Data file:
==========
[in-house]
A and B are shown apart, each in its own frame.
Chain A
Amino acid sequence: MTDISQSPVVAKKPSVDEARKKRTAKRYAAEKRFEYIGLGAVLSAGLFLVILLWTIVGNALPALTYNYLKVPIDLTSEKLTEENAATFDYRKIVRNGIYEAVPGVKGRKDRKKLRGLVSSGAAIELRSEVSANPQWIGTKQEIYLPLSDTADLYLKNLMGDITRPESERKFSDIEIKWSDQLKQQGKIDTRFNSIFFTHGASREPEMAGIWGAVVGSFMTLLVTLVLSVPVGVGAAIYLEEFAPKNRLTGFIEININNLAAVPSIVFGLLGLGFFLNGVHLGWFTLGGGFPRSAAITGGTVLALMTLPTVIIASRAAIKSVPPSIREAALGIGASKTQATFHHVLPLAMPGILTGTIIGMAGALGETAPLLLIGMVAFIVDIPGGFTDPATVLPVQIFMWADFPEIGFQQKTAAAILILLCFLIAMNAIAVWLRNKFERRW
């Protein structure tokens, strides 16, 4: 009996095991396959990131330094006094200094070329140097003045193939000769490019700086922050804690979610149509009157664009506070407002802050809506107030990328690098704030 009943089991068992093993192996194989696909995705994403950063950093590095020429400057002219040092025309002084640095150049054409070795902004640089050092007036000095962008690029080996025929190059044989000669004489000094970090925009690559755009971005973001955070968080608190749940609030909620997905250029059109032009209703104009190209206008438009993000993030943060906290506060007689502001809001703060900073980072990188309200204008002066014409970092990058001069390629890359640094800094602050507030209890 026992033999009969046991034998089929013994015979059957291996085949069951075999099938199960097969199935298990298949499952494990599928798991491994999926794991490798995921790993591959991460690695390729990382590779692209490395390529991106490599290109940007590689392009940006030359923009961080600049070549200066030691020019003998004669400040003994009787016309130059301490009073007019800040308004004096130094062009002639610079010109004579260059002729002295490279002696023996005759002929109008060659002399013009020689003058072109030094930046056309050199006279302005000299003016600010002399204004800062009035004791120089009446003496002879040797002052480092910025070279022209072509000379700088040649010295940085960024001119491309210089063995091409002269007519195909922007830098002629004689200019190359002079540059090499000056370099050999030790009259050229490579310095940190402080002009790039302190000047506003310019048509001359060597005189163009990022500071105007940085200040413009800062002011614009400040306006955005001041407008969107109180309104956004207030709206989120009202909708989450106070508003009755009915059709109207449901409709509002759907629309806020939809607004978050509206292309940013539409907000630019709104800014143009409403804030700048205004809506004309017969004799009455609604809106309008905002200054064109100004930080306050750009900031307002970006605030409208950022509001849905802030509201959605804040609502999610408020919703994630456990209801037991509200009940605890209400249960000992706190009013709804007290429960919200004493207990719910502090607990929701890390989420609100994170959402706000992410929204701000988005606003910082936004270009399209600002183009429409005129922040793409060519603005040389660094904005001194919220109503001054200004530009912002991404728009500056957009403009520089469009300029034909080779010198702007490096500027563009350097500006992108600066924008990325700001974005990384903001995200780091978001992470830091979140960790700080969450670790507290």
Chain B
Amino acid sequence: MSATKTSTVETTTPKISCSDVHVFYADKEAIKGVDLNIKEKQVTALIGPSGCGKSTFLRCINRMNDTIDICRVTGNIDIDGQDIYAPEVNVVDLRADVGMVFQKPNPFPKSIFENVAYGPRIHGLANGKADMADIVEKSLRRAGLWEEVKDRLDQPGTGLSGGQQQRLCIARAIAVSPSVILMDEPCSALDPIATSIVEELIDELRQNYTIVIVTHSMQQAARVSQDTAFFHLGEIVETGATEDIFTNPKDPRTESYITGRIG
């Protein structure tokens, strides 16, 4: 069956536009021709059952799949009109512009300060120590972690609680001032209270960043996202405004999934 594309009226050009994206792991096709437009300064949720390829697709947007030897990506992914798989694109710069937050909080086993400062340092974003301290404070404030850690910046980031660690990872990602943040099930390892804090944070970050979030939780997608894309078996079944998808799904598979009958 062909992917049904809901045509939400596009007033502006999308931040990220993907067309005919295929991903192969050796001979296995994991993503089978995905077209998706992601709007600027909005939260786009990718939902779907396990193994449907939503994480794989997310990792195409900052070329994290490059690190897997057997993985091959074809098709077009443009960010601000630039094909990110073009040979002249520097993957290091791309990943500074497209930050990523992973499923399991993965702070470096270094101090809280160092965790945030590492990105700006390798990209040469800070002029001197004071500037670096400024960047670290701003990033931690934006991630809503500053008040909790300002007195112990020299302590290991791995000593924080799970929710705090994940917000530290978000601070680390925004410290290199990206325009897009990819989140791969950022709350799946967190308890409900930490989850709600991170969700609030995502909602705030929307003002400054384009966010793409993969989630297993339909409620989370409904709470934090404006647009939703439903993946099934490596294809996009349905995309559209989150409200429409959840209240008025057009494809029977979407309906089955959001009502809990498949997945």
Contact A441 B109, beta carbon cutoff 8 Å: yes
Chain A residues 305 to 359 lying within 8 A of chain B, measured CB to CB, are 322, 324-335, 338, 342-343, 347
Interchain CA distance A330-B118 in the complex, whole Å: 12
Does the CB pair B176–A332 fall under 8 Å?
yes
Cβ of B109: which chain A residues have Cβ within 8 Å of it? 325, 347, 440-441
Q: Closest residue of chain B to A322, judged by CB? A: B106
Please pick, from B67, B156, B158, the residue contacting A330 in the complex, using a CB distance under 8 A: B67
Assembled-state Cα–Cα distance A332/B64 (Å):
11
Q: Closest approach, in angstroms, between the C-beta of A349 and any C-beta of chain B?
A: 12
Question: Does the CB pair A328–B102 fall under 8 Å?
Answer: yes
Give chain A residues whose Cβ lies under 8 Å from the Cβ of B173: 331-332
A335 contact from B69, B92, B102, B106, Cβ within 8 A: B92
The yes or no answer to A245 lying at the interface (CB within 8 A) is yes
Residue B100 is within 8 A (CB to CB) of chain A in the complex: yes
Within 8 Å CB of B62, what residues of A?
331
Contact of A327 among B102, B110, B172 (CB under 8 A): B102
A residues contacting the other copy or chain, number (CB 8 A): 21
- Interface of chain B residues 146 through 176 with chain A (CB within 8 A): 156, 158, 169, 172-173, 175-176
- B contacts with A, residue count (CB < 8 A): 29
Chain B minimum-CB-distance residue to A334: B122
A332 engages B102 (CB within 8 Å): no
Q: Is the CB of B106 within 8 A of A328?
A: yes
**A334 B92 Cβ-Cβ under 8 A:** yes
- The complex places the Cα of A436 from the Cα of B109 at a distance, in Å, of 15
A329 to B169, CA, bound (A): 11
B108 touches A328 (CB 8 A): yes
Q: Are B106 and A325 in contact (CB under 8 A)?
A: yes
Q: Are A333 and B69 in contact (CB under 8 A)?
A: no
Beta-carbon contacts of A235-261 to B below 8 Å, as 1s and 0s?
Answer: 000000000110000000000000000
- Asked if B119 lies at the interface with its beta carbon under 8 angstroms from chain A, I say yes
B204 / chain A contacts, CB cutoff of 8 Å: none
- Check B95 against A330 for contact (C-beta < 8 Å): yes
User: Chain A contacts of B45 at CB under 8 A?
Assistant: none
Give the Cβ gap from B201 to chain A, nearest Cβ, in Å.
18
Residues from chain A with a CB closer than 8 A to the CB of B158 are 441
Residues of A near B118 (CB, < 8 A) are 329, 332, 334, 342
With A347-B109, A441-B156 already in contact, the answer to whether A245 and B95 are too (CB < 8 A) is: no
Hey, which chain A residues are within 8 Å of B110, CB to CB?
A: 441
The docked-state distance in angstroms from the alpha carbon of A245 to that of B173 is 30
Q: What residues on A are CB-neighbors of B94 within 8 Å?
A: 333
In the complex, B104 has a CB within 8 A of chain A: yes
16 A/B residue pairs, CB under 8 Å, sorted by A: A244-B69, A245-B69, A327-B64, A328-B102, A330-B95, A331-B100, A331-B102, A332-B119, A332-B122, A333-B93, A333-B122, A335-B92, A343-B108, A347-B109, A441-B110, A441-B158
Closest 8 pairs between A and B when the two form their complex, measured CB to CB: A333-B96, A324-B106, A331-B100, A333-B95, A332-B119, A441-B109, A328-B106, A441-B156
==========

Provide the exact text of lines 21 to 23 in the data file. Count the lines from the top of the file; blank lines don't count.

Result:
Question: Does the CB pair A328–B102 fall under 8 Å?
Answer: yes
Give chain A residues whose Cβ lies under 8 Å from the Cβ of B173: 331-332